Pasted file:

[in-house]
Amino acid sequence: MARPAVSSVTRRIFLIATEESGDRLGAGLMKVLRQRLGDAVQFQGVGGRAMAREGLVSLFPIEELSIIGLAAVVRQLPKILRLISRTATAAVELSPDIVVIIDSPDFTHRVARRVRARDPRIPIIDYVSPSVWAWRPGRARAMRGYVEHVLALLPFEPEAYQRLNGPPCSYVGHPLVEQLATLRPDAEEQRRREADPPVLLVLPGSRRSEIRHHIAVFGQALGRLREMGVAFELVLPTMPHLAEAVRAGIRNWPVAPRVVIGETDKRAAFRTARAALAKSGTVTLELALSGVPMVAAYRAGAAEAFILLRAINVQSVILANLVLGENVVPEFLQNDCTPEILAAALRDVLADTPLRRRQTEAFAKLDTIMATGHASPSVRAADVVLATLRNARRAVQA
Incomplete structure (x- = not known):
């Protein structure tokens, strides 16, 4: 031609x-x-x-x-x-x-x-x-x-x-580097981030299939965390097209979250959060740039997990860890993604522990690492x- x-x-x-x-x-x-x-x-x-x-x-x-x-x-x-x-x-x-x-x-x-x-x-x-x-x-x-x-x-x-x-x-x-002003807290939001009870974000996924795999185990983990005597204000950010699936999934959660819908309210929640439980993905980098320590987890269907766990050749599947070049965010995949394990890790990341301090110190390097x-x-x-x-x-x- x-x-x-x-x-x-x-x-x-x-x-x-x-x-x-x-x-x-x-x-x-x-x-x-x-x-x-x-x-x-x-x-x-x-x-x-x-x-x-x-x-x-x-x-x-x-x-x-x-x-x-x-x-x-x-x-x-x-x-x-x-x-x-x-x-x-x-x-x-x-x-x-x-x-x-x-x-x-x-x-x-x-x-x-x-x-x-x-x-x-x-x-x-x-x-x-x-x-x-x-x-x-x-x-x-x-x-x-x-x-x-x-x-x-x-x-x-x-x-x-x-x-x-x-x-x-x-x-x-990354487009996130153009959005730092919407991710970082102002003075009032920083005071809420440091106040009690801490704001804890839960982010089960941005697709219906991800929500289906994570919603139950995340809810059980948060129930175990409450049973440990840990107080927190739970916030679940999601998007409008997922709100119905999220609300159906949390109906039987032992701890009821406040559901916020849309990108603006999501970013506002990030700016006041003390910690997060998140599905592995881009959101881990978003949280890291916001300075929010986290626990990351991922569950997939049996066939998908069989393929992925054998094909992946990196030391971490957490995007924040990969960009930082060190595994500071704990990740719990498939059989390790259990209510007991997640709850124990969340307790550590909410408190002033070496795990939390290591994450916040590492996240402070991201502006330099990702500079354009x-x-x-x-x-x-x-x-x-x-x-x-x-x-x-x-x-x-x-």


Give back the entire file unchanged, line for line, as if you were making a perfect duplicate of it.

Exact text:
[in-house]
Amino acid sequence: MARPAVSSVTRRIFLIATEESGDRLGAGLMKVLRQRLGDAVQFQGVGGRAMAREGLVSLFPIEELSIIGLAAVVRQLPKILRLISRTATAAVELSPDIVVIIDSPDFTHRVARRVRARDPRIPIIDYVSPSVWAWRPGRARAMRGYVEHVLALLPFEPEAYQRLNGPPCSYVGHPLVEQLATLRPDAEEQRRREADPPVLLVLPGSRRSEIRHHIAVFGQALGRLREMGVAFELVLPTMPHLAEAVRAGIRNWPVAPRVVIGETDKRAAFRTARAALAKSGTVTLELALSGVPMVAAYRAGAAEAFILLRAINVQSVILANLVLGENVVPEFLQNDCTPEILAAALRDVLADTPLRRRQTEAFAKLDTIMATGHASPSVRAADVVLATLRNARRAVQA
Incomplete structure (x- = not known):
């Protein structure tokens, strides 16, 4: 031609x-x-x-x-x-x-x-x-x-x-580097981030299939965390097209979250959060740039997990860890993604522990690492x- x-x-x-x-x-x-x-x-x-x-x-x-x-x-x-x-x-x-x-x-x-x-x-x-x-x-x-x-x-x-x-x-x-002003807290939001009870974000996924795999185990983990005597204000950010699936999934959660819908309210929640439980993905980098320590987890269907766990050749599947070049965010995949394990890790990341301090110190390097x-x-x-x-x-x- x-x-x-x-x-x-x-x-x-x-x-x-x-x-x-x-x-x-x-x-x-x-x-x-x-x-x-x-x-x-x-x-x-x-x-x-x-x-x-x-x-x-x-x-x-x-x-x-x-x-x-x-x-x-x-x-x-x-x-x-x-x-x-x-x-x-x-x-x-x-x-x-x-x-x-x-x-x-x-x-x-x-x-x-x-x-x-x-x-x-x-x-x-x-x-x-x-x-x-x-x-x-x-x-x-x-x-x-x-x-x-x-x-x-x-x-x-x-x-x-x-x-x-x-x-x-x-x-x-990354487009996130153009959005730092919407991710970082102002003075009032920083005071809420440091106040009690801490704001804890839960982010089960941005697709219906991800929500289906994570919603139950995340809810059980948060129930175990409450049973440990840990107080927190739970916030679940999601998007409008997922709100119905999220609300159906949390109906039987032992701890009821406040559901916020849309990108603006999501970013506002990030700016006041003390910690997060998140599905592995881009959101881990978003949280890291916001300075929010986290626990990351991922569950997939049996066939998908069989393929992925054998094909992946990196030391971490957490995007924040990969960009930082060190595994500071704990990740719990498939059989390790259990209510007991997640709850124990969340307790550590909410408190002033070496795990939390290591994450916040590492996240402070991201502006330099990702500079354009x-x-x-x-x-x-x-x-x-x-x-x-x-x-x-x-x-x-x-």